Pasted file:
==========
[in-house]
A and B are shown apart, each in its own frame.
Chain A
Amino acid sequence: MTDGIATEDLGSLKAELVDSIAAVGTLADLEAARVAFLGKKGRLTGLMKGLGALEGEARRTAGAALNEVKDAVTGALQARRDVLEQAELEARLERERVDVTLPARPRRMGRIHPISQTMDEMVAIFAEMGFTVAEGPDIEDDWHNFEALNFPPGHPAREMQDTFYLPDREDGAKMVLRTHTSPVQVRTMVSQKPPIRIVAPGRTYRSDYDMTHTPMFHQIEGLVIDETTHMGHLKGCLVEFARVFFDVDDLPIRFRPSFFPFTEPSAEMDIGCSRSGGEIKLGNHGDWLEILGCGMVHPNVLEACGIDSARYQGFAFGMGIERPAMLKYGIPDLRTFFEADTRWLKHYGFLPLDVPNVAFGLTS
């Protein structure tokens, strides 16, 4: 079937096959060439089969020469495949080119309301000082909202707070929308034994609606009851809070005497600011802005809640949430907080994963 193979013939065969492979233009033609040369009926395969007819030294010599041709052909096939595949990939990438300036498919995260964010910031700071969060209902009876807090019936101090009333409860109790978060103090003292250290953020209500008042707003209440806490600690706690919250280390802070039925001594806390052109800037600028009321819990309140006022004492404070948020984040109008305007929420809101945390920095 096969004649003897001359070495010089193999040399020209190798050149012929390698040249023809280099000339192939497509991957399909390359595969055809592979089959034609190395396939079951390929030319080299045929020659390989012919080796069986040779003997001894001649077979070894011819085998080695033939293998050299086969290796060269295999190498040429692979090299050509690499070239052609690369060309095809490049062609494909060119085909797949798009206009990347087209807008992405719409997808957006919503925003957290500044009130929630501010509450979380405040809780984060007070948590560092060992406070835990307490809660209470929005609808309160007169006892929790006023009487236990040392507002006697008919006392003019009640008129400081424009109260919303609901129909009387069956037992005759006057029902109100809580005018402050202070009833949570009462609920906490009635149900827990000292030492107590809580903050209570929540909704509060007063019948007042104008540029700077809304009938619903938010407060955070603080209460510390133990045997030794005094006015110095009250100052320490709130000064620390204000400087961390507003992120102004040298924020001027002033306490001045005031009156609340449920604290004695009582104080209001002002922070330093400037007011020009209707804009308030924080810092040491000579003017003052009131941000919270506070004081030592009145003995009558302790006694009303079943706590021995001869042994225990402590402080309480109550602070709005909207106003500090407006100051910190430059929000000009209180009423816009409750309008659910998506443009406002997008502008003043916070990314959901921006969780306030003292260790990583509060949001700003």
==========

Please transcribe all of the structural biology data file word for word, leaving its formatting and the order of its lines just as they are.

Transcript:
[in-house]
A and B are shown apart, each in its own frame.
Chain A
Amino acid sequence: MTDGIATEDLGSLKAELVDSIAAVGTLADLEAARVAFLGKKGRLTGLMKGLGALEGEARRTAGAALNEVKDAVTGALQARRDVLEQAELEARLERERVDVTLPARPRRMGRIHPISQTMDEMVAIFAEMGFTVAEGPDIEDDWHNFEALNFPPGHPAREMQDTFYLPDREDGAKMVLRTHTSPVQVRTMVSQKPPIRIVAPGRTYRSDYDMTHTPMFHQIEGLVIDETTHMGHLKGCLVEFARVFFDVDDLPIRFRPSFFPFTEPSAEMDIGCSRSGGEIKLGNHGDWLEILGCGMVHPNVLEACGIDSARYQGFAFGMGIERPAMLKYGIPDLRTFFEADTRWLKHYGFLPLDVPNVAFGLTS
């Protein structure tokens, strides 16, 4: 079937096959060439089969020469495949080119309301000082909202707070929308034994609606009851809070005497600011802005809640949430907080994963 193979013939065969492979233009033609040369009926395969007819030294010599041709052909096939595949990939990438300036498919995260964010910031700071969060209902009876807090019936101090009333409860109790978060103090003292250290953020209500008042707003209440806490600690706690919250280390802070039925001594806390052109800037600028009321819990309140006022004492404070948020984040109008305007929420809101945390920095 096969004649003897001359070495010089193999040399020209190798050149012929390698040249023809280099000339192939497509991957399909390359595969055809592979089959034609190395396939079951390929030319080299045929020659390989012919080796069986040779003997001894001649077979070894011819085998080695033939293998050299086969290796060269295999190498040429692979090299050509690499070239052609690369060309095809490049062609494909060119085909797949798009206009990347087209807008992405719409997808957006919503925003957290500044009130929630501010509450979380405040809780984060007070948590560092060992406070835990307490809660209470929005609808309160007169006892929790006023009487236990040392507002006697008919006392003019009640008129400081424009109260919303609901129909009387069956037992005759006057029902109100809580005018402050202070009833949570009462609920906490009635149900827990000292030492107590809580903050209570929540909704509060007063019948007042104008540029700077809304009938619903938010407060955070603080209460510390133990045997030794005094006015110095009250100052320490709130000064620390204000400087961390507003992120102004040298924020001027002033306490001045005031009156609340449920604290004695009582104080209001002002922070330093400037007011020009209707804009308030924080810092040491000579003017003052009131941000919270506070004081030592009145003995009558302790006694009303079943706590021995001869042994225990402590402080309480109550602070709005909207106003500090407006100051910190430059929000000009209180009423816009409750309008659910998506443009406002997008502008003043916070990314959901921006969780306030003292260790990583509060949001700003």